Hope Star from Hope, Arkansas on August 20, 1974 · Page 5
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Hope Star from Hope, Arkansas · Page 5

Hope, Arkansas
Issue Date:
Tuesday, August 20, 1974
Page 5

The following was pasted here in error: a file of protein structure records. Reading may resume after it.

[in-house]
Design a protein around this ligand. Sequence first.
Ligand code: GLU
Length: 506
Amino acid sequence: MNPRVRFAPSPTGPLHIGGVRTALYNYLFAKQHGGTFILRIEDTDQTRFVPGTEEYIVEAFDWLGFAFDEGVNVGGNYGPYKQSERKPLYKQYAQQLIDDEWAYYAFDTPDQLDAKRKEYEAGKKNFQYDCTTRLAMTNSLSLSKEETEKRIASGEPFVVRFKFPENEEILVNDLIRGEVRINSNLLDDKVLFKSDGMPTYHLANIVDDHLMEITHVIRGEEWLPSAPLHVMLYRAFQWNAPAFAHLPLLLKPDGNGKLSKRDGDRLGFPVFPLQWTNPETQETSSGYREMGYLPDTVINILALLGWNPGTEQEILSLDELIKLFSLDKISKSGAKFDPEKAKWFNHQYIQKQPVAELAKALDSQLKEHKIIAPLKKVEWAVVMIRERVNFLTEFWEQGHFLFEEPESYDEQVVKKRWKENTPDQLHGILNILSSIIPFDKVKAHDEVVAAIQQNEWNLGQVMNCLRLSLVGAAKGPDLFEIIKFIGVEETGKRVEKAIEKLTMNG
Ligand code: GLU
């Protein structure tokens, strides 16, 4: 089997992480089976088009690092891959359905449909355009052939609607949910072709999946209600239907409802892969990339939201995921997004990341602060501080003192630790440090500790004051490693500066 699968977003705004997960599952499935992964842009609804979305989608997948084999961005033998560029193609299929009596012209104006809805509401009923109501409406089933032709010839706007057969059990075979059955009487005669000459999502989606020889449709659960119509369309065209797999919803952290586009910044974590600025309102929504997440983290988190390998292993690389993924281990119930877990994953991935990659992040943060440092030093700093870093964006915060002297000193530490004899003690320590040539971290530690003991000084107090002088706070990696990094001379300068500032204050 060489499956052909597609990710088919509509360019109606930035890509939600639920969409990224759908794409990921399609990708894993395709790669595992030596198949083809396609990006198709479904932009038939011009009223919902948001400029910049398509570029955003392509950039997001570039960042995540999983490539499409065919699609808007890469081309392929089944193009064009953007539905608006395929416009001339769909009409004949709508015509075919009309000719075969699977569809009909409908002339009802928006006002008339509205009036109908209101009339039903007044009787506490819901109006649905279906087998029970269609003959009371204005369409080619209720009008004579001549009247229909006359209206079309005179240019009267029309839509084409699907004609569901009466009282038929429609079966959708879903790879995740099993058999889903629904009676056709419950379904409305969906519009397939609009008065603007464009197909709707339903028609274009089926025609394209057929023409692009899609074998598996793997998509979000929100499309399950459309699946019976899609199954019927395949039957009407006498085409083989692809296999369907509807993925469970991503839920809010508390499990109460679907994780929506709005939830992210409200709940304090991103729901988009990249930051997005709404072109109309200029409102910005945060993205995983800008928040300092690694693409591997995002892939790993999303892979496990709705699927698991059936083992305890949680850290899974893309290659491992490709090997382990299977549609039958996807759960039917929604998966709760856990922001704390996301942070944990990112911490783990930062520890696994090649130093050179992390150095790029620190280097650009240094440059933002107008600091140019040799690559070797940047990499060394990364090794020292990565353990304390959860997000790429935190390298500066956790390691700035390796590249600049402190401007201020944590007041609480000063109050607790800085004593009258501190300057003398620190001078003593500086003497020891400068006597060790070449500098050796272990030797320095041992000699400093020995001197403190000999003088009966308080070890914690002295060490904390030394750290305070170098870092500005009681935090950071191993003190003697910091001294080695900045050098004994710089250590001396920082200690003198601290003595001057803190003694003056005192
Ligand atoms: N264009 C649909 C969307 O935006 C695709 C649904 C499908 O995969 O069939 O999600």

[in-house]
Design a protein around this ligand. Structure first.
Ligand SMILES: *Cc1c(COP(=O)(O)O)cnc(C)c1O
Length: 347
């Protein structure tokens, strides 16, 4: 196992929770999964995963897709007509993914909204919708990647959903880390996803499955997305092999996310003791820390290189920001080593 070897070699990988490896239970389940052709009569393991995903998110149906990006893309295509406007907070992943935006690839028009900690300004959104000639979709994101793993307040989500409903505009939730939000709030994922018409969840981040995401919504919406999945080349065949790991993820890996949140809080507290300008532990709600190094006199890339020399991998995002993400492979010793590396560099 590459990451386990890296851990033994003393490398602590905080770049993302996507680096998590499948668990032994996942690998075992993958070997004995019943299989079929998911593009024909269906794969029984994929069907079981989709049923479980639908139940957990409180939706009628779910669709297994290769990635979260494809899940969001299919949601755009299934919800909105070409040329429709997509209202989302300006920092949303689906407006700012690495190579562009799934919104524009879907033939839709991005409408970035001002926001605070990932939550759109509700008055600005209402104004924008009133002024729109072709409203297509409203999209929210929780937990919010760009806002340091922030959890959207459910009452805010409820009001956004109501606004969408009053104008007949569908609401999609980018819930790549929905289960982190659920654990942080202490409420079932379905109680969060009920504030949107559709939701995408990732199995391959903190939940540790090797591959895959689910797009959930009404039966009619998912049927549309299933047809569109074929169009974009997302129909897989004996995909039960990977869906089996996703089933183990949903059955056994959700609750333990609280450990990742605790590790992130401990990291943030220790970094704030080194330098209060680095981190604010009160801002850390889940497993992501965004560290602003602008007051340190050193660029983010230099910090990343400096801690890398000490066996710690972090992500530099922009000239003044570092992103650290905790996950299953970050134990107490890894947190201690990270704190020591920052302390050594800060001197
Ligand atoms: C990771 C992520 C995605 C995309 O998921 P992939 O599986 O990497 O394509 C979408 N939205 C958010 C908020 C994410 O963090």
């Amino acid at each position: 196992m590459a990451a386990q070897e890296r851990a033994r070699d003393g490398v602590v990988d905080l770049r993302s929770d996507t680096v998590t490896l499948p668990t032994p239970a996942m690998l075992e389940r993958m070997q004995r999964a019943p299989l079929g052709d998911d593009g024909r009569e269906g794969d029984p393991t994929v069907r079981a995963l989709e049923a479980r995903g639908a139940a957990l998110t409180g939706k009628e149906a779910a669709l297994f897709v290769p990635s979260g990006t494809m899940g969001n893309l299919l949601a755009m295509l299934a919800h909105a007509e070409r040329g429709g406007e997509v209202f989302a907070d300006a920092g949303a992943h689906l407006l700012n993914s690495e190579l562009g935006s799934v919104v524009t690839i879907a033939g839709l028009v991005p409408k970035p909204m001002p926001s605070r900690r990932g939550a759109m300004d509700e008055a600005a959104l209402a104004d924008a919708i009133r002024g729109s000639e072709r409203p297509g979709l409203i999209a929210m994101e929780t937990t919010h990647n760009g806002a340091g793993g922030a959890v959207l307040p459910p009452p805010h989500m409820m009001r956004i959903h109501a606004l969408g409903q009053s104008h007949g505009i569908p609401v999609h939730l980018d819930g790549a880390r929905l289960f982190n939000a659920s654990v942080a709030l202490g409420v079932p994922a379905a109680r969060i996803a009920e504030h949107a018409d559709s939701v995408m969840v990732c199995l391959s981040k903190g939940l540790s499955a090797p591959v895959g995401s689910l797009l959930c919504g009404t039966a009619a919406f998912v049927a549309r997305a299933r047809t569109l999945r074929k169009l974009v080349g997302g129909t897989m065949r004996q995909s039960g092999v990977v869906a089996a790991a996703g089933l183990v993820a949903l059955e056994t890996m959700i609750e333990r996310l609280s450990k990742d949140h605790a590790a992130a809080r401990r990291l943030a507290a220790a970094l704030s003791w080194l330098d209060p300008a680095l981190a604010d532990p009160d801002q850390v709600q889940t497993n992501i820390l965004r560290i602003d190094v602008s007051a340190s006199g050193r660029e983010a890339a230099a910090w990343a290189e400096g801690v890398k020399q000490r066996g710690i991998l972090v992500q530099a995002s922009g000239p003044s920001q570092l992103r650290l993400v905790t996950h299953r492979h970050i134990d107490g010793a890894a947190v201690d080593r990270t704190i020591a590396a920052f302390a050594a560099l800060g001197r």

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Tuesday, August 20, 1974 HOPK (ARK.) STAR page Five School meal policy Hope Public Schools today announced its policy for free and reduced-priced meals and free milk for children unable to pay the full price of meals and milk served under the National School Lunch, School Breakfast, and Special Milk Programs. Local school officials have adopted the following family size and income criteria for determining eligibility: Family Size INCOME GUIDELINE No Charge If Income is Below 1 2 3 4 5 6 7 8 9 10 11 12 Each additional family member 2,910 3,830 4,740 5,640 6,480 7,310 8,060 8,810 9,510 10,190 10,860 11,530 670 Reduced Charge If income is Below 4,080 5,360 6,630 7,900 9,070 10,240 11,290 12,340 13,320 14,260 15,200 16,140 940 Children from families whose income is at or below the levels shown are eligible for free or reduced-price meals or free milk. In addition, families not meeting these criteria but with other unusual expenses due to unusually high medical expenses, shelter costs in excess of 30 per cent of income, special education expenses due to the mental or physical condition of a child, and disaster or casualty losses are urged to apply. , Application forms are being sent to all homes in a letter to parents. Additional copies are available at the principal's office in each school. The information provided on the application is confidential and will be used only for the purpose of determining eligibility. Applications may be submitted at any time during the year. In certain cases foster children are also eligible for these benefits. If a family has foster children living with them and wishes to apply for such meals and milk for them, it should contact the school. In the operation of child feeding programs, no child will be discriminated against because of race, sex, color, or national origin. Under the provisions of the policy the school principal will review applications and determine eligibility. If a parent is dissatisfied with the ruling of the principal, he may make a request either orally or in writing to Mr. Joe Barentine, Superintendent of Schools, for a hearing to appeal the decision. The policy contains an outline of the hearing procedure. Each school and the office of the superintendent has a copy of the complete policy which may be reviewed by any interested party. Manhattan bank robbed NEW YORK (AP) — A man armed with a valise, a threat and unshakeable bravado made off with $157,000 in cash from an uptown savings bank after telling a bank officer he was prepared to blow the place up. The robber, about 30, told the terrified woman he had dynamite in the bag. He waited 20 minutes Monday evening while a half dozen unsuspecting depositors and a dozen other em- ployes went about their business, and while the bank officer twice left his sight to go into the vault. He escaped with the cash in an attache case. In the valise he left behind were railroad flares made up to look like explosives. Police said the haul, at the Manhattan Savings Bank office at 86th Street and Third Avenue, was the largest in the area since a Westchester County bank was held up for $236,000 in September 1972. Police said the woman didn't sound the alarm either time she went into the vault because she was too scared. Police said the man had walked up to the officer, Kathleen Stephenson, with a request for a mortgage loan, then opened the valise, displaying the bogus explosives, and demanded $200,000 in cash. When she said the vault was closed, he told her she could set its time lock to open in 15 minutes—which she did. When the vault opened, she scooped up stacks of money without counting it, police said. Most was in hard-to-trace $50 and $20 bills, but $50,000 was in easily traced $100 bills delivered Monday morning from the Federal Reserve, Two wounded inshootout TULSA, Okla. (AP) - A Tulsa man engaged police in a two-hour gun battle Monday night that left one policeman and the man wounded. Dwight Walker, 23, and policeman Charles Lewis, 21, were listed in "very satisfactory" condition at a Tulsa hospital after the Shootout. The fight began about 9 p.m. when police responded to call that a man was threatening to kill somebody. Officers said they were met by gunfire when they arrived at Walker's house. Lewis was pinned down in the front yard until other officers—under the cover of heavy fire—managed to pull him to safety. Officers said Walker's mother was in the house with him when the shooting began but escaped out the back door. Traffic in a 25-block area was blocked off as the fight progressed and an estimated 1,000 persons gathered nearby. Officers called repeatedly for the man to surrender but each time the call was answered by gunfire. Police then poured tear gas rounds into the house. A single blast from a shotgun sent Walker to the ground as he left the residence. Fair contest announced The Texarkana Boots and Saddle Club will sponsor a "Little Mr. and Miss Western Week" contest in conjunction with the Four States Fair and Rodeo to be September 16-21, 1974. Any child between the ages of four and six is eligible to enter, and must be dressed in Western clothes. Contestants will be judged 90 per cent on personality and 10 per cent on costume. Winners will be asked to re turn on Tuesday night to be introduced at the rodeo. The contestants will be invited to ride on a float in the parade at 3:45 p.m. Monday, Sept. 16 in downtown Texarkana. Judging will be held Monday night at the Four States fair grounds. The winners and first runner up will be presented a trophy and each contestant will be presented a momento of some type. Deadline for entering this contest will be September 10th. Entry form may be obtained at the Four States Fair office (793-2941) or by writing the Four States Fair office, P.O. Box 1915, Texarkana, Texas 75501. Dr. Lamb ointment from physician By Lawrence E. Lamb, M.D. DEAR DR. LAMB - In one of your columns you wrote about skin cancer. You said some spots that are really not yet cancer, but the kind that may become cancer, can be removed by various skin ointments now available. Can you please list some of these ointments so that I may buy them? DEAR READER - 1 received a lot of mail asking about that. Those ointments are not something you can do yourself. And, you can t obtain them without a prescription. One of these I was thinking about is Efudex. But these ointments must be used with care. Dermatologists use other ointments as well for the same purpose. It is probably not a good idea to be trying to remove skin spots on your own. Your doctor needs to see what they are and be sure you get the right treatment. And, in many instances, for the raised furry spots and surface spots that sometimes turn into cancer he can give you a generalized treatment for them. I think I mentioned before that a medical salve like Efudex can even identify cells that are about to undergo changes that still look perfectly normal. So, if you have these raised spots that doctors call "keratosis" and similar skin problem, your doctor can do something about them without having to cut all of them off. DEAR DR. LAMB - My mother is a diabetic and when I was younger she would tell me that I could never marry a man whose mother was also a diabetic. She said we would have deformed babies. Recently my husband s mother was told she would be placed on diabetic tablets. This has made me very con- cerned about having children. Is there any medical truth to what I was told? Is it possible that this factor may cause abnormal children? DEAR READER - That is a bit of an exaggeration. You do have the chance that some of your children will be diabetic. That does not mean they will be deformed. I would guess from the nature of your letter that you are still pretty young. Actually about 10 per cent of the people over 65 do have diabetes. The rate of diabetes increases with age. We don t know yet whether or not you will be a diabetic during your life time or even whether or not your husband will be. If both of you are diabetic, then it will be likely that your children will be, but perhaps not until they too are past 65. Both of you may be a carrier of the trait and then some of your children may be diabetic. One of you may be a carrier and the other person be normal. Then more than likely none of the children will have diabetes. So, what you are really worrying about is what are the chances of the children having diabetes, and if they do, when will they have it. I think beyond that you should forget about the problem. I would, though, plan on having periodic checks for yourself, your husband, and children, including at least a blood test to see if you have developed any evidence of diabetes. Send your questions to Dr. Lamb, in care of this newspaper, P.O. Box 1551, Radio City Station, New York, N.Y. 10019. For a copy of Dr. Lamb s booklet on blood sugar, send 50 cents to the same address and ask for the "Blood Sugar" booklet. (NEWSPAPER ENTERPRISE ASSN.) WIN AT BRIDGE Holmes' deduction a bit foggy NORTH 4432 V KQJ 1063 • 864 + 7 WEST EAST 20 ¥74 If 9852 f J2 + K10973 4 A K Q J 10 6 4 3 * 8 SOUTH (D) 4> AKQJ 108 V A + AQ5 Both vulnerable West North East South 24 4+ 4* Pass 4* Pass Pass Pass Opi'iimg lead— A4» queen but still had to go down one trick. Holmes pointed out that South could have made his contract by letting Holmes win three club tricks while discarding two diamonds from dummy. However, Holmes wasn't quite as pontifical as he might have been. He failed to point out that South had a second chance at trick four. He could have discarded a diamond from dummy right then and there and still made the game. (NEWSI'APKK ENTERIMtlSE ASSN.I The bidding has been: 20 By Oswald & James Jacoby The pattern of hands in 'Sherlock Holmes-Bridge Detective' shows Holmes making contracts by brilliant play and the opponents being set' at contracts they could and really should make. The unfortunate declarer is then told by Holmes how he could have made his contract. Invariably, it is good bridge but somehow or other we don't see the great detective winning any popularity contests. Holmes led the ace of clubs and continued with the 10. South ruffed in dummy. East overruffed and led back a trump. Poor South cashed his ace of hearts, led his last club and watched East overrut'f again. East had to lead back a diamond. South finessed his West North East South 1+ Pass 2* Pass 4+ Pass 4 N.T. Pass 5+ Pass 5 N.T. Pass 7+ Pass V You, South, hold: 4.AQ654 VAQ654 4A K + 2 What do you do now? A —Bid seven notrump. Your partner's clubs will run al notrump. Nothing can be ruffed in notrump. Something could be ruffed at a club contract. TODAY'S QUESTION Instead of bidding four clubs your partner has bid two notrump over your two spades. You bid three hearts and he jumps to four spades. What do you do now? Answer Tomorrow Send $ 1 tor JACOBY MODERN book to "Win at Bridge," Ic/o this newspaper) P O Box 489. Radio City Station, New York NY 10019 Corn crop needs rain WASHINGTON (AP) - Recent rains have failed to promote significant improvement in the nation's sun-parched corn crop, the Agriculture Department says. Officials said Monday that more rain is needed in drought- stricken corn states to rebuild soil moisture supplies and boost corn production materially. Rainfall and temperatures this month have been favorable enough to sustain a recent corn production estimate pointing to a 1974 corn crop of 4.97 billion bushels, down 12 per cent from the 1973 harvest and far below indications earlier this year, officials said. In an analysis described as a "quick mid-month review," the department said "rainfall during the first half of August over much of the Plains and Corn Bell stales apparently did not promote significant gains in corn production, although soybeans could benefit from the moisture." The latest soybean crop production estimate from the department projected this year's yield at 1.31 billion bushels, down 16 per cent from last year. HIS SWEET TOOTH DID HIM IN NOBLESVILLE, Ind. (AP) While in police custody, Brian Landis of Noblesville drove off with a patrol car, lied about his name and address, commandeered a police radio and disarmed the chief of police. Brian is 4 years old. He wandered away from home while bis mother was sleeping and took police on a wild goose chase that ended after they bribed him with candy and sweets to tell them his correct name and address. by fence BcoeQ-tf For Wednesday, Aug. 21, 1974 ARIES (March 21-April 19) Someone whom you haven t seen tor awhile will suddenly pop back into your life. This person won't be hanging around as long as you'd like. TAURUS (April 20-May 20) Check the ads for the sale of something unique, but useful for the home, you've been looking for. You might find it now. . GEMINI (May 21-June 20) You're apt to be lucky today in a situation where some chance is involved. This doesn't mean you should take silly gambles. CANCER (June 21-July 22) A quick decision will be called for in a business mailer. It will affect something you've already had ample time to think out. LEO (July 23-Aug. 22) Now is the time to move on your ideas while you're in the mood to act. Otherwise, you'll keep putting things off till it's too late. . VIRGO (Aug. 23-Sept. 22) .You will run across an item that you'll recognize as a bargain, even though another doesn't. Follow your own judgment. LIBRA (Sept. 23-Oct. 23) Breaks continue to come from situations where there is a group or at least several people who share a common cause. SCORPIO (Oct. 24-Nov. 22) Because of a very unusual happening, a condition that had the seeds of being a real problem will suddenly turn out to be a benefit. SAGITTARIUS (Nov. 23- Dec. 21) Don't be too surprised if you unexpectedly hear from one you're fond of who now lives quite a distance from you. CAPRICORN (Dec. 22-Jan. 19) If you use standard, old- fashioned methods now you're not likely to be as successful as you would be if you improvised or innovated. AQUARIUS (Jan. 20-Feb. 19) If you're presently involved in a project of importance don't ally yourself with weak individuals. Chose one who can offer what's needed. PISCES (Feb. 20-March 20) A task that would have been very difficult for you to perform on your own will be handled by a friendly expert. your birthdcy Aug. 21, 1974 Your outlook will be broadened considerably this year through an interesting new acquaintance. You'll become involved in activities you've never tried before. (NEWSPAPER ENTERPRISE ASSN.) GOLF anyone? Only if there happen to be some sports-minded giants around. The apparent ball on a tee is actually a new radar tower on George's Island in the harbor of Halifax, Nova Scotia. The installation towers 58 feet over the busy port. FOR A SERIOUS PURPOSE NEW YORK (AP) - The comic book has joined the more serious text books of education to help developing readers. "The Electric Company," television's contribution to easing education's reading crisis, has published "Spidey Super Stories," a new four-color comic starring the super-hero "Spider-Man" as an education device. While not the first time the comics have been used as an educational tool, Spider-Man's adventures for the Electric Company are believed to be the first in which educational researchers have applied their knowledge of the way in which young children — particularly beginning readers — approach the printed comic book page. Television Logs Tuesday Somerset Lassie Tattletaies 3:30 Movie "Tank Force!" 1M2 3 Night 6:00 Travel Film 2 Truth Or Consequences 3 News 0-7-10-11-12 6:30 Extension 74 2 To Tell The Truth 3 I Love Lucy 4 Beverly Hillbillies 6 Felony Squad 7 Jimmy Dean 10 To Tell The Truth 11 Civilisation 12 7:00 Man Builds, Man Destroys 2 Let's Make A Deal 3 Adam-12 4-€ Movie 7 "Pony Express" Maude 11 Happy Days. 10 7:30 Myshkin 2 Movie 3-10 "Scream, Pretty •Peggy" Snoop Sisters 4-6 Hawaii Five-O 11-12 8:30 Performance 2 Shaft 11-12 9:00 To Be Announced 2 Marcus Welby,M.D. 3-710 Police Story 4-6 9:30 Bylines 2 10:00 ABC Captioned News 2 News 34-6-7 News 10-11-12 10:30 Wide World Mystery 3-10 Johnny Carson 4-6 Perry Mason 7 Movie 11-12 "The Man Who Died Twice" 11:30 Wide World Mystery 7 12:00 Here Come The Brides 4 Tomorrow 6 Wednesday Morning 6:30 Summer Semester 11 6:45 RFD 6 6 6:50 Your Pastor 12 6-W Morning Devotion^ * 7:00 Today 4-6-10 Cal Dring 7 CBS News 11-12 7:15 Colorful World 3 Sawhill sees gas shortage in Northeast NEW YORK (AP) — The Northeast is likely to have a curtailment of natural gas supplies this winter that could lead to plant closings and lay-offs, Federal Energy Administrator John C. Sawhill says. Sawhill said it has not been determined how severe the shortage might be, but he said residential use would not be affected by any shortfall. The federal energy chief did not specify at a "Project Independence" hearing on Monday what plants might be affected by a shortage of natural gas, but heavy users include the chemical and auto industries. The hearing here was one of a series through which Sawhill's agency is attempting to make the United States self-sufficient in energy production within 10 years. Sawhill predicted that by 1985 the United States will be able to produce all but 25 per cent of its oil needs and all but 10 to 13 per cent of all energy requirements. "There will be no big drops in price, but no more big rises, either, in the short term at least," Sawhill said. County, 4 cities get rood money EL DORADO, Ark. (AP) Julian Hood, civil defense director for Union County, says the county and four cities will share $781,616.41 in emergency Federal Highway Administration aid to repair road damage caused by flooding in June. Hood said the county would get $504,086.98, El Dorado $262,644.83, Srnackover $8,658.30, Gallon $5,246.30, and Junction City $940. Flooding developed in the area when 13 to 18 inches of ram poured down within a 24- hour penod. One person drowned. Total damage, including damage to private property, has been estimated at about $2 million, but no exact figure on private damage has been determined. 7:45 New Zoo Revue 3 8:00 Sesame Street 2 Bozo's Cartoon Carnival 7 Captain Kangaroo 11-12 8:15 Movie 3 "Beau Brummell" 8:30 Arkansas 7 9:00 Classroom Instruction 2 Name That Tune 4-6-10 Movie 7 "Three Little Girls in Blue" Joker's Wild 11 Sesame Street 12 9:30 Electric Comoanv 2 Winning Streak 4-&10 Gambit 11 10:00 Classroom Instruction 2 Split Second 3 High Rollers 4-6-10 Now You See It 11-12 10:30 Exploring The Crafts 2 Brady Bunch 3-v-iu Hollywood Squares 4-6 Love of Life 11-12 10:55 CBS News 11-12 11:00 Classroom Instruction 2 Password 3-7-10 Jackpot! 4-6 Young and the Restless 11-12 11:30 News 3 Celebrity Sweepstakes4-6 Split Second 7-10 Search for Tomorrow 1112 11:55 NBC News 4-6 Afternoon 12:00 Masterpiece Theatre 2 All My Children 3-7-10 Little Rock Today 4 News 6-12 Eye On Arkansas 11 12:30 Let's Make A Deal 3-7-10 jeopardy! 6 As the World Turns 1112 1:00 Classroom Instruction 2 Newlywed Game 3-7 Days of Our Lives 4-6-10 Guiding Light 11-12 1:30 Girl in My Life 3-7 Doctors 4-6-10 Edge of Night 11-12 2:00 Classroom Instruction 3 General Hospital 3-7-10 Another World 4-6 Price is Right 11-12 2:30 One Life to Live 3-7-10 How to Survive a Marriage 4-6 Match Game 11-12 3:00 Sesame Street 2 10,000 Pyramid 3-10 Merv Griffin 4 6 ? 10 I Dream of jeattnie Bozo's Big Top I Love Lucy Big Valley H Gambit W 4:00 Mister Rogers 2 Bonanza ^ 4:00 Star Trek 10 It Takes A Thief 12 4:30 Electric Company 2 Gilligan's Island 7 5:00 Sesame Street 2 ABC News 3-7 Truth or Consequences 410 Gilligan's Island 6 Hogan's Heroes 11 Lucy Show 12 5:30 News 3 NBC News 4-6 Petticoat Junction 7 CBS News 11-12 ABC News 10 Night 6:00 6:30 7:00 8:00 8:30 9:00 9:30 10:00 10:30 11:30 12:00 Travel Film 2 Truth Or Consequences 3 News 4-6-7-10-11-12 Know Your Antiques 2 To Tell The Truth 3 I Love Lucy 4 Movie 6 "The Treasure of Pancho Villa" Felony Squad 7 American Angler 10 To Tell The Truth 11 Maude 12 Arkansas: Continuum 2 Movie 3-7-10 "Wonder Wogian" Chase 4 Hudson Brothers 11-12 Century Theatre 2 Movie 4 "Incident in San Francisco" Movie 6 "Some Kind of a Nut" Cannon 11-12 Movie 3-7-10 "Men of the Dragon" Festival Films 2 Kojak 11-12 Video Visionaries 2 ABC Captioned News 2 News 3-4-6-7 News 10-11-12 Wide World Special 3-10 Johnny Carson 4-6 Perry Mason 7 Movie 11-12 "Hammerhead" Wide World Special 7 Here Come The Brides 4 Tomorrow " The fairytale beauty of Persia. Highlighted with trim of "maybe" mink. Fur hooks close it, but are discreetly placed beneath the luxurious trim strip. Two rounds decorate the border. . .and make an elegant collar. Surrounding the waist, a puckery belt that finishes in an ornamental clasp. Set-in sleeves and seam pockets complete the fantastic look. The slight skirt flare is emphasized by the hem treatment. The back view. . .nothing to distract the eye from the beautiful fabric and design. Sizes 6-18. RALEY'S STYLE SHOPPE